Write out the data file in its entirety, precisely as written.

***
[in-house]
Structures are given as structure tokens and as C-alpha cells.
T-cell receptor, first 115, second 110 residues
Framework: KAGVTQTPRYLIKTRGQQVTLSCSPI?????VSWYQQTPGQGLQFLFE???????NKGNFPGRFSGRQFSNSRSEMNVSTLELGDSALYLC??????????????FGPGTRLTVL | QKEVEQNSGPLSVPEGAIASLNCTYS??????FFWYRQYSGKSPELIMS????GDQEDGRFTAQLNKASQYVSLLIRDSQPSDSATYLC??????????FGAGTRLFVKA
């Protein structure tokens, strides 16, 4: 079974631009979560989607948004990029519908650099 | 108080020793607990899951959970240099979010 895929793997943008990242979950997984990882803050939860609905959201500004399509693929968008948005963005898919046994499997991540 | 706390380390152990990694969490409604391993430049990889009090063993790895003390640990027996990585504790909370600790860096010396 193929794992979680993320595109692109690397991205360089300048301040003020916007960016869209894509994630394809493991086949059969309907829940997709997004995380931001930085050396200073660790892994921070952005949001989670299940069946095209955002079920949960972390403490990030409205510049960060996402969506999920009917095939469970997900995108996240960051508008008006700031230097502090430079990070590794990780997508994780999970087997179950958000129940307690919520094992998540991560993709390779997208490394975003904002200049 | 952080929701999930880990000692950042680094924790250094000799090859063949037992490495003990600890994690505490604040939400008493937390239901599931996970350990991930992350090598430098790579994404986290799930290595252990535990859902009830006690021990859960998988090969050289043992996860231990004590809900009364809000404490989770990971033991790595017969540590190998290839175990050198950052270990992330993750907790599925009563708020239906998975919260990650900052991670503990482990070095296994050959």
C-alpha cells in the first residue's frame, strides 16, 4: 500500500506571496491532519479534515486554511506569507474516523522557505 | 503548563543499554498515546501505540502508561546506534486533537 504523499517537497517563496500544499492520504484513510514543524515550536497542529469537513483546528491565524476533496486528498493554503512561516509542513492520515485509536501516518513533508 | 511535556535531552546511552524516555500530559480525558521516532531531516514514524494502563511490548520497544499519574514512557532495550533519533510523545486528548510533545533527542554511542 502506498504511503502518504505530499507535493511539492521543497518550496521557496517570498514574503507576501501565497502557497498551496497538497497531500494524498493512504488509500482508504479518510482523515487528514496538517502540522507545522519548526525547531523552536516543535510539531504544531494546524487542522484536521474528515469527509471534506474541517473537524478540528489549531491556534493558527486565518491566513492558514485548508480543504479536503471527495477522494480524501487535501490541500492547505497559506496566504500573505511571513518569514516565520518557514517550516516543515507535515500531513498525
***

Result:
[in-house]
Structures are given as structure tokens and as C-alpha cells.
T-cell receptor, first 115, second 110 residues
Framework: KAGVTQTPRYLIKTRGQQVTLSCSPI?????VSWYQQTPGQGLQFLFE???????NKGNFPGRFSGRQFSNSRSEMNVSTLELGDSALYLC??????????????FGPGTRLTVL | QKEVEQNSGPLSVPEGAIASLNCTYS??????FFWYRQYSGKSPELIMS????GDQEDGRFTAQLNKASQYVSLLIRDSQPSDSATYLC??????????FGAGTRLFVKA
């Protein structure tokens, strides 16, 4: 079974631009979560989607948004990029519908650099 | 108080020793607990899951959970240099979010 895929793997943008990242979950997984990882803050939860609905959201500004399509693929968008948005963005898919046994499997991540 | 706390380390152990990694969490409604391993430049990889009090063993790895003390640990027996990585504790909370600790860096010396 193929794992979680993320595109692109690397991205360089300048301040003020916007960016869209894509994630394809493991086949059969309907829940997709997004995380931001930085050396200073660790892994921070952005949001989670299940069946095209955002079920949960972390403490990030409205510049960060996402969506999920009917095939469970997900995108996240960051508008008006700031230097502090430079990070590794990780997508994780999970087997179950958000129940307690919520094992998540991560993709390779997208490394975003904002200049 | 952080929701999930880990000692950042680094924790250094000799090859063949037992490495003990600890994690505490604040939400008493937390239901599931996970350990991930992350090598430098790579994404986290799930290595252990535990859902009830006690021990859960998988090969050289043992996860231990004590809900009364809000404490989770990971033991790595017969540590190998290839175990050198950052270990992330993750907790599925009563708020239906998975919260990650900052991670503990482990070095296994050959």
C-alpha cells in the first residue's frame, strides 16, 4: 500500500506571496491532519479534515486554511506569507474516523522557505 | 503548563543499554498515546501505540502508561546506534486533537 504523499517537497517563496500544499492520504484513510514543524515550536497542529469537513483546528491565524476533496486528498493554503512561516509542513492520515485509536501516518513533508 | 511535556535531552546511552524516555500530559480525558521516532531531516514514524494502563511490548520497544499519574514512557532495550533519533510523545486528548510533545533527542554511542 502506498504511503502518504505530499507535493511539492521543497518550496521557496517570498514574503507576501501565497502557497498551496497538497497531500494524498493512504488509500482508504479518510482523515487528514496538517502540522507545522519548526525547531523552536516543535510539531504544531494546524487542522484536521474528515469527509471534506474541517473537524478540528489549531491556534493558527486565518491566513492558514485548508480543504479536503471527495477522494480524501487535501490541500492547505497559506496566504500573505511571513518569514516565520518557514517550516516543515507535515500531513498525